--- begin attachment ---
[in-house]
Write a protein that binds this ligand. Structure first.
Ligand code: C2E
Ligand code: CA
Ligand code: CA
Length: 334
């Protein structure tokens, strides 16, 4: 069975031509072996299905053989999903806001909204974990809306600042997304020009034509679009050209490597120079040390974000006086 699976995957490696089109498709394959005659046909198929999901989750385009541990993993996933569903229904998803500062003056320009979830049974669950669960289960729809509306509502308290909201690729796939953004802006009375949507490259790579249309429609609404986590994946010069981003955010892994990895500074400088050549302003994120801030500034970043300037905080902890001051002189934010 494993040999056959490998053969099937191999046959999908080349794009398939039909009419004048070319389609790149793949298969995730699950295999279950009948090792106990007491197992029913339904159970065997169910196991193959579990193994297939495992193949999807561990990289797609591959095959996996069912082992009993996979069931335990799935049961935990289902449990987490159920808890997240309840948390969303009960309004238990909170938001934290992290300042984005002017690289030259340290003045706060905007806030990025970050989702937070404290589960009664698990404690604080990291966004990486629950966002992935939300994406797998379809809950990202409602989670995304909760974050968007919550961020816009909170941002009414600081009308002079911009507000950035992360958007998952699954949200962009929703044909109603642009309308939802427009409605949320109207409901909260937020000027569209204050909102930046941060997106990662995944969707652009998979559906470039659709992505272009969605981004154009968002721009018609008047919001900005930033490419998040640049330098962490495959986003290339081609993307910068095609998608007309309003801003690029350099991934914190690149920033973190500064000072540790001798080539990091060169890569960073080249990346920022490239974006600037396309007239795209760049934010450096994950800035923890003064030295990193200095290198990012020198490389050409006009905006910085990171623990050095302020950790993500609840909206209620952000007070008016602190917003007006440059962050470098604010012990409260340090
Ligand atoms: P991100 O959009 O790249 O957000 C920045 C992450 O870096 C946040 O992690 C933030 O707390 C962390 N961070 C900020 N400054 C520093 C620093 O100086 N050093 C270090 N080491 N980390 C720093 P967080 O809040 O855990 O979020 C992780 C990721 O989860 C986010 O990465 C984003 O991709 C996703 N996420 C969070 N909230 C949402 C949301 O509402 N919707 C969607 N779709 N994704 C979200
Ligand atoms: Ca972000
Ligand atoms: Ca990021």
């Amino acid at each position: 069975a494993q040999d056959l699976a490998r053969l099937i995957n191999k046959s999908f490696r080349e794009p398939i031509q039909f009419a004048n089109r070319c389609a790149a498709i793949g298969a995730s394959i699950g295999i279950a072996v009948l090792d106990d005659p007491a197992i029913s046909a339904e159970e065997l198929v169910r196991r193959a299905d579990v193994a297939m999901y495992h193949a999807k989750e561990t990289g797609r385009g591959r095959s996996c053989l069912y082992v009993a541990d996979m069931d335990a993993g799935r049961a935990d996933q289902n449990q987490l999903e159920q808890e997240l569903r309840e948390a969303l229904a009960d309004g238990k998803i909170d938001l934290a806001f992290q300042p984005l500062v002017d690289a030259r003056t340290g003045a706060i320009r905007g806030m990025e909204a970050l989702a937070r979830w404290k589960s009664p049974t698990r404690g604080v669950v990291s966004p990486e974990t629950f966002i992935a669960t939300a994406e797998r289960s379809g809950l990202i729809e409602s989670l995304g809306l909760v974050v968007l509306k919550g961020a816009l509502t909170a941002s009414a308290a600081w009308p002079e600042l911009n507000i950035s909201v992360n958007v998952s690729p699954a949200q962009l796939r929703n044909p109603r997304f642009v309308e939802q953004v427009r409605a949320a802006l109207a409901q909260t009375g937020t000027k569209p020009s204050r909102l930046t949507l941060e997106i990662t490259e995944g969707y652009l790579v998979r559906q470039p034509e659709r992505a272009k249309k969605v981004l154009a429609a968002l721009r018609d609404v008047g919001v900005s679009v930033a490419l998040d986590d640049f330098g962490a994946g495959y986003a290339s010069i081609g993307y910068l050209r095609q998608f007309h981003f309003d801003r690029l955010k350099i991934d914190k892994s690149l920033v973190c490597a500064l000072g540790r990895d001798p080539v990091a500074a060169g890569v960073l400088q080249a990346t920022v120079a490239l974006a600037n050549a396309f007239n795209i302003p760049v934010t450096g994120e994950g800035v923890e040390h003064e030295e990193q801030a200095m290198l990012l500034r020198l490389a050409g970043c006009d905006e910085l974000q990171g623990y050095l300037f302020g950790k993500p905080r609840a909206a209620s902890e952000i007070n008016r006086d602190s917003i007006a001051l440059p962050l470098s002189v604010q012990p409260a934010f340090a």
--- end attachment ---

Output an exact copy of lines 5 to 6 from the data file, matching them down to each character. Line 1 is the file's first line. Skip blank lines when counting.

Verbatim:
Ligand code: CA
Length: 334